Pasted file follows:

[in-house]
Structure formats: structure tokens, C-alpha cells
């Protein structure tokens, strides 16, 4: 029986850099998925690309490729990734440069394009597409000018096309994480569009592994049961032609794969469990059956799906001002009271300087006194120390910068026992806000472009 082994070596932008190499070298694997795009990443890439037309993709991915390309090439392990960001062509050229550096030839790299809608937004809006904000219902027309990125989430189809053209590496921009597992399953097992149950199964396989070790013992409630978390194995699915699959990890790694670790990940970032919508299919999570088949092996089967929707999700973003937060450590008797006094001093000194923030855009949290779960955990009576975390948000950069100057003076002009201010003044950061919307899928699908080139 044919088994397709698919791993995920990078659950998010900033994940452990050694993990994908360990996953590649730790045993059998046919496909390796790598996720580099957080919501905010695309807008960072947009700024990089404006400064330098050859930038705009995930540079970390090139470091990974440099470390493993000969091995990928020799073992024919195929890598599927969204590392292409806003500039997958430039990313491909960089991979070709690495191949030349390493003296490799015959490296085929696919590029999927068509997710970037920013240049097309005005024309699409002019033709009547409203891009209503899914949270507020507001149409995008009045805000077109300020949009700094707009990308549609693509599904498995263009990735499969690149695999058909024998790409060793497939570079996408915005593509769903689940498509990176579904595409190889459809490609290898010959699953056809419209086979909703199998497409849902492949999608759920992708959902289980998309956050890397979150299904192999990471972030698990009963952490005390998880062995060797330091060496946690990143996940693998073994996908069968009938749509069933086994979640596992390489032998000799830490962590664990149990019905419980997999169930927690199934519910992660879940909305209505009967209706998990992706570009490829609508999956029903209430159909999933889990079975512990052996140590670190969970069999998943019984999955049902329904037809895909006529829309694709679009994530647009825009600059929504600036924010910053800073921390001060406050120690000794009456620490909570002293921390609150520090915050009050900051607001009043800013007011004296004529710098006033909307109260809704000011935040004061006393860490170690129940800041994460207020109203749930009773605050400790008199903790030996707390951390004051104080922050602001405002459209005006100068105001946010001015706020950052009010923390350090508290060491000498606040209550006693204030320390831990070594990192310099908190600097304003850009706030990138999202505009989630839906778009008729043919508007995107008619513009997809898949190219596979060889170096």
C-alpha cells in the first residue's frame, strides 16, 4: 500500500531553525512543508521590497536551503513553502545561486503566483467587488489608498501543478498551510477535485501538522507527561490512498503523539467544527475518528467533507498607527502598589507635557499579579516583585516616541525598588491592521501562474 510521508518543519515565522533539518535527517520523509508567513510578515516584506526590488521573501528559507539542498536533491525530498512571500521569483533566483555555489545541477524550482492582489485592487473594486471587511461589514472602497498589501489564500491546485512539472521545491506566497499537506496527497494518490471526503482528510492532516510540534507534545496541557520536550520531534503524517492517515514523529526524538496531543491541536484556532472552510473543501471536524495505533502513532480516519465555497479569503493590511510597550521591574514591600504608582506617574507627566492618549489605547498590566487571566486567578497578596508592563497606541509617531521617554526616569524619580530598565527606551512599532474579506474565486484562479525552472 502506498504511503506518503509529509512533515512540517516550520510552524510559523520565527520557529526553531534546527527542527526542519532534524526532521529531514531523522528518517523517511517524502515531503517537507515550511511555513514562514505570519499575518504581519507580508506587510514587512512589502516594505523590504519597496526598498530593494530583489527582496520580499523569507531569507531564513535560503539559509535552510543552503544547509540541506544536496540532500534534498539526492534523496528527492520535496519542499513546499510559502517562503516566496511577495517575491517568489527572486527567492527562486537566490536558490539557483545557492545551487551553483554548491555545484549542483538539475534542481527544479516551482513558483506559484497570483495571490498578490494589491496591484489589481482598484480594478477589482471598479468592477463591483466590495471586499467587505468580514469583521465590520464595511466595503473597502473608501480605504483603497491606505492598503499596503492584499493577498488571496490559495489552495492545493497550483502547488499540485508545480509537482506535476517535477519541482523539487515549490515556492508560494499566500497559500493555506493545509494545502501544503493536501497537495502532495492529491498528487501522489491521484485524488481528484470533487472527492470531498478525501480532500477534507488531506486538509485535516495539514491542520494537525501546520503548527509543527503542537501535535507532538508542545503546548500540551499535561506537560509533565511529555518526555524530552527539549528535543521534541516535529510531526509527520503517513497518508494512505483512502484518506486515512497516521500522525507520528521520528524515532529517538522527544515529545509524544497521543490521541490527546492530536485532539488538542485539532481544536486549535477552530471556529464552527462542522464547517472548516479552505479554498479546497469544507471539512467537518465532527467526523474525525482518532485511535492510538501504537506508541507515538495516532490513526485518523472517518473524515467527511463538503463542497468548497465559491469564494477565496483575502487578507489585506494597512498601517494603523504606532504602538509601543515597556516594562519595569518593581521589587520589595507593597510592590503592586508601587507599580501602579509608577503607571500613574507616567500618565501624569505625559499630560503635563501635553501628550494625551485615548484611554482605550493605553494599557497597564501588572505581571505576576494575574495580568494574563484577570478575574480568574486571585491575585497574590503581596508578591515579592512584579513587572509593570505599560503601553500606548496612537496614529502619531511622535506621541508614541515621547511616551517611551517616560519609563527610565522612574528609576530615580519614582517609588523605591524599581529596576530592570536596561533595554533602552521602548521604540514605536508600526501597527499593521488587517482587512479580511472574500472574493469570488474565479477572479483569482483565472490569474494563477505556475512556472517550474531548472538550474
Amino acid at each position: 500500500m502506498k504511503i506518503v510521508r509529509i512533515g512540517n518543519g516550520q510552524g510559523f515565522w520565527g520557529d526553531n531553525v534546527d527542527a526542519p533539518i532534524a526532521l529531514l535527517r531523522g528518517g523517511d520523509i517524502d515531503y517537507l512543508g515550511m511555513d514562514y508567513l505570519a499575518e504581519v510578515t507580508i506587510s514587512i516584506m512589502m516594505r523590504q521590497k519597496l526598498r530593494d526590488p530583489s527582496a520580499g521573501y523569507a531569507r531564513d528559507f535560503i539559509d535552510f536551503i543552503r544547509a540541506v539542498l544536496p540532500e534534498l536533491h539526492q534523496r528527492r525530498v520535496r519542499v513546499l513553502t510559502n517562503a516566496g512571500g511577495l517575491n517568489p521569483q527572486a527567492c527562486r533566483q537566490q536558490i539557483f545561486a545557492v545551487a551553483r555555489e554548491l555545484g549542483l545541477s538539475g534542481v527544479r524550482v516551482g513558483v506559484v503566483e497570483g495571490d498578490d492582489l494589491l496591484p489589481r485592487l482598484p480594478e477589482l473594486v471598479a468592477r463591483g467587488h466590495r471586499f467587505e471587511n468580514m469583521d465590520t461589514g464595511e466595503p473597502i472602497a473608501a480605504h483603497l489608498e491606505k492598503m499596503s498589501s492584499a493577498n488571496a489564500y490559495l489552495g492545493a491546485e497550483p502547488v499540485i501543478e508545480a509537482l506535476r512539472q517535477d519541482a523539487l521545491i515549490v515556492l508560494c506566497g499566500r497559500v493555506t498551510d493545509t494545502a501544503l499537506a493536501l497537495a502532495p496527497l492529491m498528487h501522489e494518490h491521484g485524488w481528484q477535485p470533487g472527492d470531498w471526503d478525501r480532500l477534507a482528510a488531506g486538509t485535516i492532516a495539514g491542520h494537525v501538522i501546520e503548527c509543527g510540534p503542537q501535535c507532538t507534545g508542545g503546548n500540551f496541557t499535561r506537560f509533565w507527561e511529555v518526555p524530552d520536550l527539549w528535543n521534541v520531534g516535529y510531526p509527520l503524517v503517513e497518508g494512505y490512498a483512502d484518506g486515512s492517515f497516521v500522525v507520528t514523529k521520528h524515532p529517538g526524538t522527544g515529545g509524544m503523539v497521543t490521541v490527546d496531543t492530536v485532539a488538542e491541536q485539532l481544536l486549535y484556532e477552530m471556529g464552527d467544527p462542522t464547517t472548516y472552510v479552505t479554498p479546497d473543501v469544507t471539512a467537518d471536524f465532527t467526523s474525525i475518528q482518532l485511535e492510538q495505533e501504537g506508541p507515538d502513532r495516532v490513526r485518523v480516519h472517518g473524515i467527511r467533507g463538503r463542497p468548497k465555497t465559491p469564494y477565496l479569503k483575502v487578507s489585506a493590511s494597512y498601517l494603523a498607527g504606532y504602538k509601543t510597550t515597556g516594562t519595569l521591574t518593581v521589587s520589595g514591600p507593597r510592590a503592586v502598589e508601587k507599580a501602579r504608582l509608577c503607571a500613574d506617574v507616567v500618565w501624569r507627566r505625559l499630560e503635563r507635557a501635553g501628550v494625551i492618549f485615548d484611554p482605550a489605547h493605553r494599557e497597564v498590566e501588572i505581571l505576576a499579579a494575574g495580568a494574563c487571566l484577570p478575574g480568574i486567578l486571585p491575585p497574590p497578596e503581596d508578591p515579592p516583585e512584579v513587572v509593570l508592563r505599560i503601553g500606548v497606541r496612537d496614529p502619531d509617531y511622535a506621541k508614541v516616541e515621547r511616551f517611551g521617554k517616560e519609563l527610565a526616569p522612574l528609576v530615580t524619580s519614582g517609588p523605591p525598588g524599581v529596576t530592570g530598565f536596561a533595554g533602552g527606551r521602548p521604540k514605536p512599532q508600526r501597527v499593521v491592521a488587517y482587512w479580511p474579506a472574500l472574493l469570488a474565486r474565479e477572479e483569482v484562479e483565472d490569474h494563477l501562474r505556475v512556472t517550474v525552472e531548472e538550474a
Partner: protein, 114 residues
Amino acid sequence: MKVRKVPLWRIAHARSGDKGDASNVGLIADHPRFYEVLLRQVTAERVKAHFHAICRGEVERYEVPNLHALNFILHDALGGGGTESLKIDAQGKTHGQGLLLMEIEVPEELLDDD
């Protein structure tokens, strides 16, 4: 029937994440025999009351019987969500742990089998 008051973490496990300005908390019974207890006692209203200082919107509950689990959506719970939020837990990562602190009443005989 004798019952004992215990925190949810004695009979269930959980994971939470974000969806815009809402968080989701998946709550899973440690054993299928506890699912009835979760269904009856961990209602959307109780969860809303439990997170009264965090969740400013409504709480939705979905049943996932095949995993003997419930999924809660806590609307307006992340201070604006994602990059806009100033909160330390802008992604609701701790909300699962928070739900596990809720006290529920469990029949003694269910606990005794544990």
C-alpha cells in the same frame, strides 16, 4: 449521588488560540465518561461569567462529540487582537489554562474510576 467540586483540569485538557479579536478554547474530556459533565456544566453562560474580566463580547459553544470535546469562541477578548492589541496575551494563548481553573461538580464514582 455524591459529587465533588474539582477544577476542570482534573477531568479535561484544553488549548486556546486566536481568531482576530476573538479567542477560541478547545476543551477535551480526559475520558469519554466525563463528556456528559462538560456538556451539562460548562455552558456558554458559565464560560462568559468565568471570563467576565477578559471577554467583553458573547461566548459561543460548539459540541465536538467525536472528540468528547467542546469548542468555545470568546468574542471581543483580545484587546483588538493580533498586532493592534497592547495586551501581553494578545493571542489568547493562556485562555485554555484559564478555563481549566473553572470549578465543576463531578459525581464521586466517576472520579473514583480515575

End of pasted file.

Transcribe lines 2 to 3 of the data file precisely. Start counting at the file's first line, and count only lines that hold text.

Structure formats: structure tokens, C-alpha cells
């Protein structure tokens, strides 16, 4: 029986850099998925690309490729990734440069394009597409000018096309994480569009592994049961032609794969469990059956799906001002009271300087006194120390910068026992806000472009 082994070596932008190499070298694997795009990443890439037309993709991915390309090439392990960001062509050229550096030839790299809608937004809006904000219902027309990125989430189809053209590496921009597992399953097992149950199964396989070790013992409630978390194995699915699959990890790694670790990940970032919508299919999570088949092996089967929707999700973003937060450590008797006094001093000194923030855009949290779960955990009576975390948000950069100057003076002009201010003044950061919307899928699908080139 044919088994397709698919791993995920990078659950998010900033994940452990050694993990994908360990996953590649730790045993059998046919496909390796790598996720580099957080919501905010695309807008960072947009700024990089404006400064330098050859930038705009995930540079970390090139470091990974440099470390493993000969091995990928020799073992024919195929890598599927969204590392292409806003500039997958430039990313491909960089991979070709690495191949030349390493003296490799015959490296085929696919590029999927068509997710970037920013240049097309005005024309699409002019033709009547409203891009209503899914949270507020507001149409995008009045805000077109300020949009700094707009990308549609693509599904498995263009990735499969690149695999058909024998790409060793497939570079996408915005593509769903689940498509990176579904595409190889459809490609290898010959699953056809419209086979909703199998497409849902492949999608759920992708959902289980998309956050890397979150299904192999990471972030698990009963952490005390998880062995060797330091060496946690990143996940693998073994996908069968009938749509069933086994979640596992390489032998000799830490962590664990149990019905419980997999169930927690199934519910992660879940909305209505009967209706998990992706570009490829609508999956029903209430159909999933889990079975512990052996140590670190969970069999998943019984999955049902329904037809895909006529829309694709679009994530647009825009600059929504600036924010910053800073921390001060406050120690000794009456620490909570002293921390609150520090915050009050900051607001009043800013007011004296004529710098006033909307109260809704000011935040004061006393860490170690129940800041994460207020109203749930009773605050400790008199903790030996707390951390004051104080922050602001405002459209005006100068105001946010001015706020950052009010923390350090508290060491000498606040209550006693204030320390831990070594990192310099908190600097304003850009706030990138999202505009989630839906778009008729043919508007995107008619513009997809898949190219596979060889170096």